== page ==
Manual on the Wearing of Religious Symbols in Public Areas
it meant that their belies depended on the belies o others:i their rulers were to change their belies, the people wouldhave to change theirs as well. Naturally, or those who tooktheir belies seriously this was an impossible state o a-airs and inevitably gave rise to conict. In order to reducetensions, a urther development came about with states rec-ognising the legitimacy o a limited number o belies whichthey would allow to be practised within their territories.However, or as long as the governance o a state was prem-ised upon the primacy o a particular pattern o religiousbelie, this always carried with it the risk o persecutionshould minority belies cease to be tolerated. Moreover, oras long as religious aliation was seen as a marker o ‘be-longing’ to the state itsel, those who chose not to adhere tothe dominant religious tradition(s) would inevitably be seenas presenting a potential threat to the political elites, andeven when they presented no threat at all, were capable o being portrayed as posing a potential threat when it suitedthe interests o those in authority to do so, rendering thempermanently vulnerable.As long ago as the early seventeenth century, however,powerul voices called or a dierent approach. Te inu-ential international jurist, Alberico Gentili, writing shortlybeore the onset o the 30 Years War that tore apart centralEurope and, through the Peace o Westphalia in 648 gavebirth to the modern system o European statehood, arguedthat:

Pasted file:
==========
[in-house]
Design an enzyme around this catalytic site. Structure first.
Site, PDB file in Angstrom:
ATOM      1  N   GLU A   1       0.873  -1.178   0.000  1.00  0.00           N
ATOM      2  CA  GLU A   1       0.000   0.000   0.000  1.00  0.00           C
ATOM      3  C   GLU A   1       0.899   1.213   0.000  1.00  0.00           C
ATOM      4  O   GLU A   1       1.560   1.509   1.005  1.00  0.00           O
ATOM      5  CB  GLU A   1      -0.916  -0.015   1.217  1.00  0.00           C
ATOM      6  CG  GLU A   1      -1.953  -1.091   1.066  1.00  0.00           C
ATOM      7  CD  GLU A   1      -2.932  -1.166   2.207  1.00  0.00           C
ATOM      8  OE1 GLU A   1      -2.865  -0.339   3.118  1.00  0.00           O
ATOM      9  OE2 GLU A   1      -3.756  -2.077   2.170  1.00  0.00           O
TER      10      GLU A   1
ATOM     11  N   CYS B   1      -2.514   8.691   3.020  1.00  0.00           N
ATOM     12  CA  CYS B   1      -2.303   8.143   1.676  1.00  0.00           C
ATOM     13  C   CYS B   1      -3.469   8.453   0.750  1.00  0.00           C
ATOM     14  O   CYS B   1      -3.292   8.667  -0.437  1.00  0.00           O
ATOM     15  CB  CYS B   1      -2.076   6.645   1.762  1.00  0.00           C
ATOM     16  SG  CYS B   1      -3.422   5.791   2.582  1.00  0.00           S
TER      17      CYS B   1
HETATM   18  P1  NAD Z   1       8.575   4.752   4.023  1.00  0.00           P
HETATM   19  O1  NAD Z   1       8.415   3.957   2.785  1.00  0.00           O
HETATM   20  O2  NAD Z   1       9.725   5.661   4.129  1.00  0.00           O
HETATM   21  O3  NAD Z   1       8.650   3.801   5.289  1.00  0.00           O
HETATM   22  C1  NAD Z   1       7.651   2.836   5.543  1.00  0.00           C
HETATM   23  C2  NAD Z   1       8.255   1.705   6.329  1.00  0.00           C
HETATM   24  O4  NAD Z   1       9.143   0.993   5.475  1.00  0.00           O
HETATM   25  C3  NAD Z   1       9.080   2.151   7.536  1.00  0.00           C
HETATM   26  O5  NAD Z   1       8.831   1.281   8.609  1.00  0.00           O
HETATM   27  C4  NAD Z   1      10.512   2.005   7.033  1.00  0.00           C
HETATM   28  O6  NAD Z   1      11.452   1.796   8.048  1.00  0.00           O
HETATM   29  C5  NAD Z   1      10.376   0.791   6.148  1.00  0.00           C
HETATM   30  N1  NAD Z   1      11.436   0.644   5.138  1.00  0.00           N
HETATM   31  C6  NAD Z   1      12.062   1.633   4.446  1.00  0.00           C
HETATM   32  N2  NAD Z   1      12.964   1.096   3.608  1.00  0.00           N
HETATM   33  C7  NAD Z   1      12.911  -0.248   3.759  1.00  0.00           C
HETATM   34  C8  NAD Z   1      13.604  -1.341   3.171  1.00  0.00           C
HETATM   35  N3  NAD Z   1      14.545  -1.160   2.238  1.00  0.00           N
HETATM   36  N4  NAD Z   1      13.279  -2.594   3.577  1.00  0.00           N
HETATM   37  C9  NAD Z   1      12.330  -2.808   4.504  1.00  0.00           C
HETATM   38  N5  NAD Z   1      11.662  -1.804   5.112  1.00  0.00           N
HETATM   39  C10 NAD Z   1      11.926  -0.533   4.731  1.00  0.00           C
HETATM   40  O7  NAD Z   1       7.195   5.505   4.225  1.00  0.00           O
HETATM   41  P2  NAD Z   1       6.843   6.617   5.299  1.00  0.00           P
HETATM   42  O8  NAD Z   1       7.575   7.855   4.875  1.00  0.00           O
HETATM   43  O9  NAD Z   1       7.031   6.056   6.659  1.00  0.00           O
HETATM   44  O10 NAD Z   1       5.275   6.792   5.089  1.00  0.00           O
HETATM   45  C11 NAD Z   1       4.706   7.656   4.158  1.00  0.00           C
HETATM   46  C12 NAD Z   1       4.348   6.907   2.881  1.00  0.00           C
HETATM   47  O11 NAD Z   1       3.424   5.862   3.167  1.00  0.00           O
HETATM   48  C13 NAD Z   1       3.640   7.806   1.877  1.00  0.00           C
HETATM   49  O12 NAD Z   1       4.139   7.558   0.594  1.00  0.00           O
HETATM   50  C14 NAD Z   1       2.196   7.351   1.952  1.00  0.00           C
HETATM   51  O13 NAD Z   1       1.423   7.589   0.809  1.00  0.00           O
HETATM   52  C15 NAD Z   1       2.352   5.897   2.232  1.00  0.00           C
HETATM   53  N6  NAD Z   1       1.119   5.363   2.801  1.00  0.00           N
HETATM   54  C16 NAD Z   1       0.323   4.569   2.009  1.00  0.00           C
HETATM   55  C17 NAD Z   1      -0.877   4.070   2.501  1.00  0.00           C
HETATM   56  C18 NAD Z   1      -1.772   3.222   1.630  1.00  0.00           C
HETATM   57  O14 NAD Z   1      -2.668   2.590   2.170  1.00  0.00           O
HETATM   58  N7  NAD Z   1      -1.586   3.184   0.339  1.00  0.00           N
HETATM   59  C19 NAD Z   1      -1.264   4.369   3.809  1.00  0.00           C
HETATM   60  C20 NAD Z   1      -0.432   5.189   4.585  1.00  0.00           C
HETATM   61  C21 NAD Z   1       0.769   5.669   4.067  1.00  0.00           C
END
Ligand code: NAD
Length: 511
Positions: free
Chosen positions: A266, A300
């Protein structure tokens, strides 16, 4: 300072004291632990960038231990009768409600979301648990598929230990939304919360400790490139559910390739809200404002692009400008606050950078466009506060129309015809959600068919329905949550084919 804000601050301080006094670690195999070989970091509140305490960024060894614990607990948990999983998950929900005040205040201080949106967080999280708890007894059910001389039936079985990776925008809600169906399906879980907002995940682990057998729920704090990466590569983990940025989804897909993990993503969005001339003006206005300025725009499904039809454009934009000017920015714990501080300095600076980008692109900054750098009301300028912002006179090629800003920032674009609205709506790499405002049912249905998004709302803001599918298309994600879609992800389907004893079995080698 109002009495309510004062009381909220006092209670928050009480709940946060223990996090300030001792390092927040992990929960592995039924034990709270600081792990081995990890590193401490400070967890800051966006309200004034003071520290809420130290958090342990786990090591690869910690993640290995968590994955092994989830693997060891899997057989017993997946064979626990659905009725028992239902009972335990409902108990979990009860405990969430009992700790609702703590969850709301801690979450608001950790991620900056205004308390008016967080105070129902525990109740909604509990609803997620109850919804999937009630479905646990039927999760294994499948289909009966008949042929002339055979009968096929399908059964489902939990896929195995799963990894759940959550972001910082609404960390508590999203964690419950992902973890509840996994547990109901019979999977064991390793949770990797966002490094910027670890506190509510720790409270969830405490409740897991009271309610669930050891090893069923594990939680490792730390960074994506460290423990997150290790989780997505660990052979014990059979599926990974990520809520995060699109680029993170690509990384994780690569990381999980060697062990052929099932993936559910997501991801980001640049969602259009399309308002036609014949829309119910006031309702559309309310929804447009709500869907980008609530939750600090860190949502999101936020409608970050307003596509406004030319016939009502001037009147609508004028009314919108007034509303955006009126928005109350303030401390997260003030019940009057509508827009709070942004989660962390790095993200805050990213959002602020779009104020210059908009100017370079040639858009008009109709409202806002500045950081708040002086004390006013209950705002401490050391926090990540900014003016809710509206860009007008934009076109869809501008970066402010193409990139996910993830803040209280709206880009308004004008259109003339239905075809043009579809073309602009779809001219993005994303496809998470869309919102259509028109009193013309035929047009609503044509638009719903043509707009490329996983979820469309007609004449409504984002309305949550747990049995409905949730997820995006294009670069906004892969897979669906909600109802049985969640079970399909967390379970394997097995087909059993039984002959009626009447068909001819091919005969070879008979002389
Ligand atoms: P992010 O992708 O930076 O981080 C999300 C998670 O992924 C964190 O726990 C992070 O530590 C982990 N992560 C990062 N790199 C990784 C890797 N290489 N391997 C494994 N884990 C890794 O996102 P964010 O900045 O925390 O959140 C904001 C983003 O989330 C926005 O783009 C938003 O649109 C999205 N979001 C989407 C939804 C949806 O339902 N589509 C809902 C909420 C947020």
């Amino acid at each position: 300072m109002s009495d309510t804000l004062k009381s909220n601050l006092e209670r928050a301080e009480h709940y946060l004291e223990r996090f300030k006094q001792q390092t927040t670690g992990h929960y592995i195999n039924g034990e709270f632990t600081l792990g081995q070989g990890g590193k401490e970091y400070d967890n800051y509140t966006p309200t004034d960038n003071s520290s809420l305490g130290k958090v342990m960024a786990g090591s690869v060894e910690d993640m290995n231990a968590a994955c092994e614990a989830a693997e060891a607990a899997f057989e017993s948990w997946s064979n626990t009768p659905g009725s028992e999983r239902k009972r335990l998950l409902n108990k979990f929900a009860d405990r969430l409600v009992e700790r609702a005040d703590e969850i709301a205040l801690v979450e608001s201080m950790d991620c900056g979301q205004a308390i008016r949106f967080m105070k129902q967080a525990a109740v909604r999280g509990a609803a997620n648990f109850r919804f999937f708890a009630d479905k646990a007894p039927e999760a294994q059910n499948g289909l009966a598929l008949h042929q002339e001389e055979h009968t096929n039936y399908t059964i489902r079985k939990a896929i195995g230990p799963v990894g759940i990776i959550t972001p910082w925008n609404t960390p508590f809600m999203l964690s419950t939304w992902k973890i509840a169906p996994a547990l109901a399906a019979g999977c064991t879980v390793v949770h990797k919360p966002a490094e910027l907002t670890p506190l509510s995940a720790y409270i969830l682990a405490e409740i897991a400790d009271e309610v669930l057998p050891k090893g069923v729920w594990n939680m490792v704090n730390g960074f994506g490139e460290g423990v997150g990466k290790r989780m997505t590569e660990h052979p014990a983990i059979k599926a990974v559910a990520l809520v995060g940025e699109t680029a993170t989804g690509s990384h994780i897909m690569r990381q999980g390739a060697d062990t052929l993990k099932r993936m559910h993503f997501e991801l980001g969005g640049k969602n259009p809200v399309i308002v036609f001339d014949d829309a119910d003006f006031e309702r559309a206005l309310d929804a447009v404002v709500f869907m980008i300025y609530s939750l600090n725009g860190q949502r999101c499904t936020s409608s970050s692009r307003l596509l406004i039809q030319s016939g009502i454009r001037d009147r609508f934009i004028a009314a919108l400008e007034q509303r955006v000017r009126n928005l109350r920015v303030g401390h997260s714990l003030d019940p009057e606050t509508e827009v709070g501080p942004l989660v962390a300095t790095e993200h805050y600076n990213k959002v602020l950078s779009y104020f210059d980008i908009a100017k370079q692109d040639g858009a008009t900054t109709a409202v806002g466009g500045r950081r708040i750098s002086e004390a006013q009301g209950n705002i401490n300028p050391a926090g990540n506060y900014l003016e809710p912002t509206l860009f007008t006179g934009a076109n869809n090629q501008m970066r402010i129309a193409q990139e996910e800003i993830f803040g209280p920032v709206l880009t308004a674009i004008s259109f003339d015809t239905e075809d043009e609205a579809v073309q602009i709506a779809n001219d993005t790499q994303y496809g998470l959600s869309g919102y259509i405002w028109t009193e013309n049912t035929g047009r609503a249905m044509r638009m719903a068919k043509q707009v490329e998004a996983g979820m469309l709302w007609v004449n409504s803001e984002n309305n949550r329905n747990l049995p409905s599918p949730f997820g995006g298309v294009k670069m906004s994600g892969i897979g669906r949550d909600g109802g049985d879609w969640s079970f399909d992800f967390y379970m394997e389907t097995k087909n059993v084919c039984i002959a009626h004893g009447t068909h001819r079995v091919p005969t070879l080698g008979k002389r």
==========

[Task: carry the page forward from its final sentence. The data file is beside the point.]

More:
‘Religion is a matter o the mind and o the will, which isalways accompanied by reedom... Religion ought to be ree.(I) truly the proession o a dierent orm o religious belie by their subjects does not harm princes, we are... unjust... i we persecute those who proess another religion than ourown.’
Tis is a plea that still resonates today and which is yet to beully realised. Ever since the triumph o the Enlightenmentas reected in the writings o Locke and in its realisation inthe Revolutions o the late Eighteenth century, the idea thatindividuals should exercise the reedom o thought and o conscience in matters o religion and o belie has becomeincreasingly well established and is now universally ac-knowledged. Te more pressing diculty became how this
2 Alberico Gentili,
De Iure Belli Libri Tres
, book I, Chapter IX.